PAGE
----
821.24/126: Telegram

The Secretary of State to the Ambassador in Colombia (Braden)

127. Your 158 of May 17, 11 p.m., and 160 of May 19, 5 p.m.21 The Colombian Ambassador has submitted to the Department a lengthy memorandum22 prepared in the Colombian Treasury requesting Export-Import Bank credits totaling $13,000,000 or the equivalent of 22,750,000 pesos. This peso total is made up as follows (all figures in millions of pesos): banana disease and agricultural development fund—1.1; increase in capital for the Institute of Industrial Development—2.0; construction of three hydroelectric plants—5.7; increase in capital of the stabilization fund—2.0; highway and navigation works and construction of public buildings—7.9; total—22.8.

Regarding terms which are not treated in the memorandum, the Ambassador stated that the Colombian Government had heard that terms longer than 10 years were being offered to Cuba and that Colombia would have to have similar treatment. He also stated that the Government had in mind 3% interest with an annual amortization payment of $750,000. The Ambassador was informed that 4% interest was the lowest that could be expected on this type of operation, and that it would not be possible to arrange for annual amortization payments in as low amounts as he had suggested. The Ambassador stated that the amount of $13,000,000 would take care of all of Colombian requirements through the end of 1942, and that the public works mentioned are all now in process of execution but cannot be completed without financial assistance.

The Department is proceeding to study the detailed request and consider it in connection with the Export-Import Bank, the Department of Agriculture, and, with special relation to the stabilization fund request, the Treasury Department.

With respect to your Section A of your 158, the Department is pleased to learn of the reaction of the President to the military defense program. It is presently contemplated that the amount suggested would be available only for military goods to be acquired in the United States.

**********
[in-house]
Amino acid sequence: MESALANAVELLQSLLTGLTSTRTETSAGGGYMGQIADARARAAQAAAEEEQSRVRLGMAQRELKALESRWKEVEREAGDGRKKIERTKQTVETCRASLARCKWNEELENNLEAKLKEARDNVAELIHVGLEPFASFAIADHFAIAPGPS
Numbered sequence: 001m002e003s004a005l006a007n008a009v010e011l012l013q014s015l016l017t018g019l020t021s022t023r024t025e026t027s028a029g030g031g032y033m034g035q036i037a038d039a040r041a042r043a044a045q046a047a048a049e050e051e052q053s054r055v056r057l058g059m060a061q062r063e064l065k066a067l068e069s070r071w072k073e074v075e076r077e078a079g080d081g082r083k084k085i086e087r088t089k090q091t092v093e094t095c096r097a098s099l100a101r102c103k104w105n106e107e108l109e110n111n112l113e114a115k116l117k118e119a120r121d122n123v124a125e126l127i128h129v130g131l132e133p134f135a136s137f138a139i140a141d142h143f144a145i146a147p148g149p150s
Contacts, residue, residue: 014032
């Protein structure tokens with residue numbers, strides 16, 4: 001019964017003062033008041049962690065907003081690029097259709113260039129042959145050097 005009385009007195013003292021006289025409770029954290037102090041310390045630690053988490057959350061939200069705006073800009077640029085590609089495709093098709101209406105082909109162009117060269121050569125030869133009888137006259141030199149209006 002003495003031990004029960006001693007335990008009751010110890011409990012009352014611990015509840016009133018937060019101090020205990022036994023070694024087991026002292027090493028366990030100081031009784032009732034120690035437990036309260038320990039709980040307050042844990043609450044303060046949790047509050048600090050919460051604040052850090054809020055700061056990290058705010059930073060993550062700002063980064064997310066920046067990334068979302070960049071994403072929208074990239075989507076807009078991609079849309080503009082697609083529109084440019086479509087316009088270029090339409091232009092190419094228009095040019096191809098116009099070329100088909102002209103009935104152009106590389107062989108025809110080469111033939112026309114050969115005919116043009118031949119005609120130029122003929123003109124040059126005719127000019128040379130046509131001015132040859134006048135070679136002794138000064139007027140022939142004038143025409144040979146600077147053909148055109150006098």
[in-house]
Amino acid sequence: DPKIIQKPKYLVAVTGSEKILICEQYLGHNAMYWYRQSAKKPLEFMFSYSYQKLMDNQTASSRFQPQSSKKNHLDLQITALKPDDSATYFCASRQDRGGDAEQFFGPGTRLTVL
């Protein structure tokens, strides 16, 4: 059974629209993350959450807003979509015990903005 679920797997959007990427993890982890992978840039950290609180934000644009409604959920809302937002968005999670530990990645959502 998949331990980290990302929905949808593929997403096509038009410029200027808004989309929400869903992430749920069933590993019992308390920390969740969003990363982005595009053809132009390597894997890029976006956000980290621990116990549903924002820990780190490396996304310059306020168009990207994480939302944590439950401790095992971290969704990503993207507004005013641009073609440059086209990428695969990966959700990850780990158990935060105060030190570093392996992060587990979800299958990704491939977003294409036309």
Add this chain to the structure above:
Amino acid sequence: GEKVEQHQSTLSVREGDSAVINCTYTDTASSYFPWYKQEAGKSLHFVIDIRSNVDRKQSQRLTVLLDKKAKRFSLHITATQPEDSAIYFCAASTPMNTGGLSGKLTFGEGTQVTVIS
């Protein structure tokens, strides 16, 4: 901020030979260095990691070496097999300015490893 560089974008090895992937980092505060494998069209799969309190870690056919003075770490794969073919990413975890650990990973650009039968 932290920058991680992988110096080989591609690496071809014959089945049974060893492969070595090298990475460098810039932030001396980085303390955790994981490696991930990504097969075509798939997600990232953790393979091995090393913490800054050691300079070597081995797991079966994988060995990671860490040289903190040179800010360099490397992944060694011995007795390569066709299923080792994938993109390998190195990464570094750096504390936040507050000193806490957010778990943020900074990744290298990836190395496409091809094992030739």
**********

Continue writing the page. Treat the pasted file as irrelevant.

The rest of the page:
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With respect to Section B, it is intended to present drafts of the suggested notes to the Colombian Ambassador here within the next few days.

With respect to Section C, special comments and instructions will be sent to you.

With respect to Section D, your comments are of course the appropriate ones, and the Department will continue to inform you regarding our own export control and priorities procedures and will continue to press for a hemisphere system of export control such as that suggested in the Department’s circular instruction of April 1, 1941.23

With respect to Section E, it has been mentioned above that the new matter is being considered. As you know, the Department finds itself in a position of great embarrassment with respect to the Federal Loan Agency and can only attempt to work out what may be best in view of a difficult situation arising entirely from the handling of the matter by the Colombian authorities. The comments on the balance of the economic requests with the military requests do not appear well founded as each are based on particular exigencies and are not parts of a related whole. Moreover, the military arrangement covers a long period of time whereas the original $6,000,000 request was specifically designated for one year. There is of course no truth in any suggestion that this Government is proposing to lend $20,000,000 to Ecuador. And in any event credit arrangements are based upon specific programs and needs and not on any attempt to balance amounts between nations.

The Department will furnish you with a copy of the Colombian memorandum, and requests your comments.

The matters discussed in your 160 will be discussed with Ambassador Turbay in connection with the further negotiations for the new credit.

  1. Latter not printed.
  2. Not printed; for an account of the Ambassador’s conversation with Mr. Duggan on this occasion, see memorandum of May 22, p. 66.
  3. Vol. vi, p. 151.